You could describe Juliana Straker’s introduction to rugby as serendipitous, a happy accident.

Juliana stepped out of her classroom during a lunch in secondary school, while she was out, a classmate in her third form class put in a special request for sports; The classmate asked if there might be an opportunity for her and her classmates to try playing rugby. The girl was quickly signed up for rugby practice, along with the absent Juliana; “When signing her up, they also put my name down on the registration sheet, and I haven’t looked back since.”

While Juliana naturally took to the sport, her rugby career at her secondary school was short lived as the school team dissolved before Juliana was ever able to compete. An invitation from another team was quickly extended to Juliana to take part in Trinidad and Tobago’s inaugural Schoolgirls Rugby League. From there Juliana continued to grow as a player, joining the Royalians Rugby Football Club, under the coaching leadership of Kitty Andrews-Nero, which she credits with “laying the foundation” for her competitive rugby career.

Juliana’s athletic prospects were on the up and up after joining Royalians Rugby club. At age 16, she made her first appearance on the national team. “In order for me to participate in the tournament, my mother had to sign a consent form.” Juliana’s national team appearances continued to become more frequent, as she continued to be selected to represent Trinidad and Tobago in multiple tournaments, representing both the 7s and 15s teams. She was also fortunate to serve as team captain from 2004-2009/10, playing at multiple Nawira, NACRA, and RAN tournaments around the region.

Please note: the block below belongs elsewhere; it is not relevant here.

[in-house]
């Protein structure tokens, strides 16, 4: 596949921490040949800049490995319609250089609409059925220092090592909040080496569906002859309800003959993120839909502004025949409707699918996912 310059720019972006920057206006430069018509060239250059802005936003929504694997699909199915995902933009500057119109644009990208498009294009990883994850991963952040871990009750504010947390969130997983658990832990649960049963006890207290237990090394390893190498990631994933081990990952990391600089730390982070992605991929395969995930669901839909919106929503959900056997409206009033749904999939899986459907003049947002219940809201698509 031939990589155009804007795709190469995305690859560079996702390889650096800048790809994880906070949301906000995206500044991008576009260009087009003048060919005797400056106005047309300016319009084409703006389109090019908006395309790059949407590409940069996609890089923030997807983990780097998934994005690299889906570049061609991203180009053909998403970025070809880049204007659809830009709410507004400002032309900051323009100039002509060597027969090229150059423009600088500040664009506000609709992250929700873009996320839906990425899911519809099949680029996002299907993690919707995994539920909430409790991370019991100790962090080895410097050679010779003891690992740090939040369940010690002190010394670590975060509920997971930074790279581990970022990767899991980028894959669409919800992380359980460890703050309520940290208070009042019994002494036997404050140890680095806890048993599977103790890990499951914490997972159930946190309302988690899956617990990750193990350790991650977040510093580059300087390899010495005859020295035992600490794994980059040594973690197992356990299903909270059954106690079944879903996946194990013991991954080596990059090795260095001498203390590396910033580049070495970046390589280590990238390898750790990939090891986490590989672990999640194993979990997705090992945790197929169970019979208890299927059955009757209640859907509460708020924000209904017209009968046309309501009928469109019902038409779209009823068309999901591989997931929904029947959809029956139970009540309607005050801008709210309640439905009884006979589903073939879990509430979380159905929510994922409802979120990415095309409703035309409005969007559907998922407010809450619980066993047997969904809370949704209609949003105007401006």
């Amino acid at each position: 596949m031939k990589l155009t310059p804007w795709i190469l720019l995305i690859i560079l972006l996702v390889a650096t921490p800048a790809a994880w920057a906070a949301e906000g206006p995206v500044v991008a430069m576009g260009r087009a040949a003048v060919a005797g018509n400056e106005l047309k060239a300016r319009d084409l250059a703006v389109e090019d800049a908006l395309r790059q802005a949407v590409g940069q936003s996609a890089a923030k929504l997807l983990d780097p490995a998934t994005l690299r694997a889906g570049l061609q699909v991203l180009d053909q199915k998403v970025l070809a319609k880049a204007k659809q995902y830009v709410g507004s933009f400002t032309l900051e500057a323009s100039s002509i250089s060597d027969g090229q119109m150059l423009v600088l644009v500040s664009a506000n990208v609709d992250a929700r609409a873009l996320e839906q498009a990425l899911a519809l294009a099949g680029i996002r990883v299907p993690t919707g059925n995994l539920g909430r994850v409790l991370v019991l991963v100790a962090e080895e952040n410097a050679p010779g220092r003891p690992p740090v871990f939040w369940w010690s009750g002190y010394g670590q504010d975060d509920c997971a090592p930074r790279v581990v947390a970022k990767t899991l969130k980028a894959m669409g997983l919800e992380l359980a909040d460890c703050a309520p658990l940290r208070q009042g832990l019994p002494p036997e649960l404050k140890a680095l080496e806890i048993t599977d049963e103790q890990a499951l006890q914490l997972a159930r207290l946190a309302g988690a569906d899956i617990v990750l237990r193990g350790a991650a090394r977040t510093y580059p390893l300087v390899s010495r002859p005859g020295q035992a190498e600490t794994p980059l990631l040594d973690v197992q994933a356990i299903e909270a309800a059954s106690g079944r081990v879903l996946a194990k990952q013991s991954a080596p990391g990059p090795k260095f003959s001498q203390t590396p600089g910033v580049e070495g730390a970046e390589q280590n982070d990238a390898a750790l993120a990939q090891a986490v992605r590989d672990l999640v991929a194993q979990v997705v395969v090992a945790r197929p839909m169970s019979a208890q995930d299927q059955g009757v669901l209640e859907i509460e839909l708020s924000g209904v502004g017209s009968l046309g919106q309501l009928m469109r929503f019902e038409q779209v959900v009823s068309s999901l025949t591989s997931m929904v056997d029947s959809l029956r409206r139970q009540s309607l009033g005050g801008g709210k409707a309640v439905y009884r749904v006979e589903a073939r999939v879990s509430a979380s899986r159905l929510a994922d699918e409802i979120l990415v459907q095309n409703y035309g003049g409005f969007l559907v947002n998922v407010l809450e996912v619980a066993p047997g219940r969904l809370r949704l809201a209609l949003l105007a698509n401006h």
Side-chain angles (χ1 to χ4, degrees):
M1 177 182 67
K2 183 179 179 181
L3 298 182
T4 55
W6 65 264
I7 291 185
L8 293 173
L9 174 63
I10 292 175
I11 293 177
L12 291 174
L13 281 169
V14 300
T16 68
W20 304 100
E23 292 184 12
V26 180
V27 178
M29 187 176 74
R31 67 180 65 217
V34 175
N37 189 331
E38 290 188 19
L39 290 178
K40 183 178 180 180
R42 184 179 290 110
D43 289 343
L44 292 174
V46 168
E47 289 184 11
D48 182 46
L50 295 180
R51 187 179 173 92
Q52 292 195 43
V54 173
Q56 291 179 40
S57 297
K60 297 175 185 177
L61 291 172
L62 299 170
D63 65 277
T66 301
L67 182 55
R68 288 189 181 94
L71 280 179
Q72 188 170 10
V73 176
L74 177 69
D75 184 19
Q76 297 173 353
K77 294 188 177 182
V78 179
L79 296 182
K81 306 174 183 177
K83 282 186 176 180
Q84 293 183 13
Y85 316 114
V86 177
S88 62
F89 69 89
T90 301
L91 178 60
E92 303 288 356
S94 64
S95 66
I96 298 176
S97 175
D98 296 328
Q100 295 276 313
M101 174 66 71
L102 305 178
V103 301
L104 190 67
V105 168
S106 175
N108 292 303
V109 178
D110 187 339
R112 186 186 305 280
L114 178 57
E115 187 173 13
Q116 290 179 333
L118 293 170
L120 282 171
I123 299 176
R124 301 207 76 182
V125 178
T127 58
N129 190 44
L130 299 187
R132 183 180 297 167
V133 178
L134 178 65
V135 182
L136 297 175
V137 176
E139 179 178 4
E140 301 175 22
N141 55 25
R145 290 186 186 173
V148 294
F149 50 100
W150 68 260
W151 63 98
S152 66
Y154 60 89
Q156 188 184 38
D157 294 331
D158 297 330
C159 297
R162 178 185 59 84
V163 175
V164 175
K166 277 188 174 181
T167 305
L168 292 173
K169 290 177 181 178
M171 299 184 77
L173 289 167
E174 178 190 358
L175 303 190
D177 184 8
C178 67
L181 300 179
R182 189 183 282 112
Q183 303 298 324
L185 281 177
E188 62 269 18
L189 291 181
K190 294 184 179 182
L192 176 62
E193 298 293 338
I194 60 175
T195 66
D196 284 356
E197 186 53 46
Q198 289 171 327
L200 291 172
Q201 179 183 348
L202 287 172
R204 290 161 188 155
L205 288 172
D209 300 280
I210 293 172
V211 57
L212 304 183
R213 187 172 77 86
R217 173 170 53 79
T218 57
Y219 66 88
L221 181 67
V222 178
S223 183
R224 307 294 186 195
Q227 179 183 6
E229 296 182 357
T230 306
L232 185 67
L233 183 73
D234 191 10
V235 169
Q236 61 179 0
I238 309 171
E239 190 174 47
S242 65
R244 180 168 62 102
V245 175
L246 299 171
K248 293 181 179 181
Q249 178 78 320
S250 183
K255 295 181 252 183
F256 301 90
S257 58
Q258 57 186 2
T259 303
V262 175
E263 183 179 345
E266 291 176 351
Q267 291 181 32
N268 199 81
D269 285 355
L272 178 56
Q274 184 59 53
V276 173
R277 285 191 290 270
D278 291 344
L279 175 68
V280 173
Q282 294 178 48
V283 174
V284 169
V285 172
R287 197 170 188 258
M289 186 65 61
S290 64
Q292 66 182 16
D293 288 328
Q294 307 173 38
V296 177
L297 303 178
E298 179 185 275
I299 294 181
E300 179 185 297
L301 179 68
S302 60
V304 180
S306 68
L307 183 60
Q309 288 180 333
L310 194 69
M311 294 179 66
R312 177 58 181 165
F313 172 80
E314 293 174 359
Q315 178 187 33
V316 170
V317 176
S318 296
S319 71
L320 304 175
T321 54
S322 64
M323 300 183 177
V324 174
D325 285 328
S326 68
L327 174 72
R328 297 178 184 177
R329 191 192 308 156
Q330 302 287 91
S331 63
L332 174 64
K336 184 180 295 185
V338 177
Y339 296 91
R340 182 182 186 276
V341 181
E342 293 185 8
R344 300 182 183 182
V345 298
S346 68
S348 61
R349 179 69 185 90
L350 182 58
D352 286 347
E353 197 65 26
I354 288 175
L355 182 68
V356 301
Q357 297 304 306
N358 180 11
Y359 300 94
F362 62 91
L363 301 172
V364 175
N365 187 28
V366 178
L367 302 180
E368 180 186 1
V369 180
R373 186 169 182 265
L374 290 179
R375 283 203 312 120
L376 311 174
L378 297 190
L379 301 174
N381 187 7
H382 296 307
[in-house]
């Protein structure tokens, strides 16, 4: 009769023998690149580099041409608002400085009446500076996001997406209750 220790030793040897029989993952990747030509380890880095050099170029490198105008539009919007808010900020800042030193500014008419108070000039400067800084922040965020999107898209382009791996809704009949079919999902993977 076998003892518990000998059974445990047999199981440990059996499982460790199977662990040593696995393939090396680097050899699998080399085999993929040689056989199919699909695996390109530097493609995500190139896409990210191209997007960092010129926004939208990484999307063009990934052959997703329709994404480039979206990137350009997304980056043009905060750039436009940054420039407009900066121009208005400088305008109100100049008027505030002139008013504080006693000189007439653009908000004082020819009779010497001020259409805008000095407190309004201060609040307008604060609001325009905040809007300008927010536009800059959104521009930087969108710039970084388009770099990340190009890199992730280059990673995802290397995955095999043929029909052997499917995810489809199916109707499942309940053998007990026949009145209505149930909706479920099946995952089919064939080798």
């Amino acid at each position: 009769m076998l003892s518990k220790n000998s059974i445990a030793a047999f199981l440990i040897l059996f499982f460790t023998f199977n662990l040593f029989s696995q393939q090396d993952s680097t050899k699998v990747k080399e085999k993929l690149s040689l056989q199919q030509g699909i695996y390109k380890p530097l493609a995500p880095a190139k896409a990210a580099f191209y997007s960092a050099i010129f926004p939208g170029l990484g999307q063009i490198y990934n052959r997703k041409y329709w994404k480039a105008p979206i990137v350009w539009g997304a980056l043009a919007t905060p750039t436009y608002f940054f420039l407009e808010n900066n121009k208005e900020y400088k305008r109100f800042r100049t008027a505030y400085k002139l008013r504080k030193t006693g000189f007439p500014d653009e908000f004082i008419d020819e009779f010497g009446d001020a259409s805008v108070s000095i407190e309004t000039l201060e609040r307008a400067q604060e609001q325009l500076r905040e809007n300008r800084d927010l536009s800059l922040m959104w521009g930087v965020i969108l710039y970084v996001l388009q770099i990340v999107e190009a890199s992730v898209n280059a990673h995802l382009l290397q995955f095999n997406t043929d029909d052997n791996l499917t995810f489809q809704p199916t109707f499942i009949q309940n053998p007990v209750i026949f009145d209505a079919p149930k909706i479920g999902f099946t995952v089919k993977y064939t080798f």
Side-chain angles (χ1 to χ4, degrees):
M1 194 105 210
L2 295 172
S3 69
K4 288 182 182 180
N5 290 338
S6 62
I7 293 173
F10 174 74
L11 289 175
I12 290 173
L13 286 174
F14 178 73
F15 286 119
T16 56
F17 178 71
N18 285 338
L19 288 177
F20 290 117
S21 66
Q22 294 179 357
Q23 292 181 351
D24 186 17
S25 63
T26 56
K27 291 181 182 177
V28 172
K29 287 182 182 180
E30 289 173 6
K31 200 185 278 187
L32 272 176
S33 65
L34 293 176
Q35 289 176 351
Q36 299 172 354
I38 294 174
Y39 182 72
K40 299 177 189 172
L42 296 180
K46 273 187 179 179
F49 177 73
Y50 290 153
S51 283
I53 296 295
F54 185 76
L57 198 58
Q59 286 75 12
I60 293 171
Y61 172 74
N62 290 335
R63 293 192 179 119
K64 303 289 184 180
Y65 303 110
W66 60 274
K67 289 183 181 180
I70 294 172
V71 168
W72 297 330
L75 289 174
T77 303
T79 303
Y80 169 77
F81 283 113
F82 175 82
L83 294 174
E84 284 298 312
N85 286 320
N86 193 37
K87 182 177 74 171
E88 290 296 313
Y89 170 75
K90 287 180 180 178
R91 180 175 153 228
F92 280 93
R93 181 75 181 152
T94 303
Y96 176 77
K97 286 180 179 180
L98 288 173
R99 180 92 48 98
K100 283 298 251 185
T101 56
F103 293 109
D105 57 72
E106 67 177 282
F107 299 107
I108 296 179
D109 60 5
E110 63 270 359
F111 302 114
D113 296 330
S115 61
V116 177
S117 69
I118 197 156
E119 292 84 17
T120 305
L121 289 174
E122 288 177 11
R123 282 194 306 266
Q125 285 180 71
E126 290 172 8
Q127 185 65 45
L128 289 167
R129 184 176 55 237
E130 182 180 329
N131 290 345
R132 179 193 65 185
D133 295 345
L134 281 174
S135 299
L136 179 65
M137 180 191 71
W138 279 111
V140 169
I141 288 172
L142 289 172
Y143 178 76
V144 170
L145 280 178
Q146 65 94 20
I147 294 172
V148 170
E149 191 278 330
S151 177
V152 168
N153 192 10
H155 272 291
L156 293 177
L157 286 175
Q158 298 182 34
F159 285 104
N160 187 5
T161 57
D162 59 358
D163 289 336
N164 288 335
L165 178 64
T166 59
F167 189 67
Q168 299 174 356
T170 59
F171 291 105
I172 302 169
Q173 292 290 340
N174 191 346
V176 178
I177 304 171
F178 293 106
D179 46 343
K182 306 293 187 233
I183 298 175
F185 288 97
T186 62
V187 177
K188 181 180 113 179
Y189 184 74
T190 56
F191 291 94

Today, while you won’t find Juliana running across the pitch with a ball in hand, you will find her on the sideline, offering insight as the coach of Trinidad and Tobago’s National Women’s 7s team. When asked about her experience in transitioning from player to coach, Juliana remarked, “I think being named coach in itself has been a big achievement. I got my start coaching by taking a couple of sessions at my club. The idea of becoming a coach was introduced to my by Wayne Pantor, a member of the Trinidad and Tobago Defense Force. After establishing my coaching abilities, I was asked by the then National Team Coach, to step in as his assistant coach, and due to unforeseen circumstances, I, along with my friend Jenilee Limada, was thrust into the position of National Team Coach. We made our debut as coaches at the RAN 7s in the Bahamas. It was amazing to be able to reach such an achievement alongside a friend and former teammate.”

Although flourishing as a coach, Juliana admits that at times it can be challenging to transition from watching the game as a player, to watching the game through the eyes of a coach. To that end, Juliana isn’t quite ready to rule out a return to the pitch. “My work in the Trinidad and Tobago Defense Force has allowed me the opportunity to observe different leadership and management styles, of which I can apply some aspects within my coaching career…But for now who know maybe they might see me on the rugby field playing again.”

Looking towards the future, Juliana is hopeful for the world to see the athletic potential that resides in Trinidad and Tobago. “I would like to see the sport grow into what it once was in T&T and beyond. To see Trinidad and Tobago, and other Caribbean teams be given the same opportunities to grow and support the various unions around the world would be truly incredible.”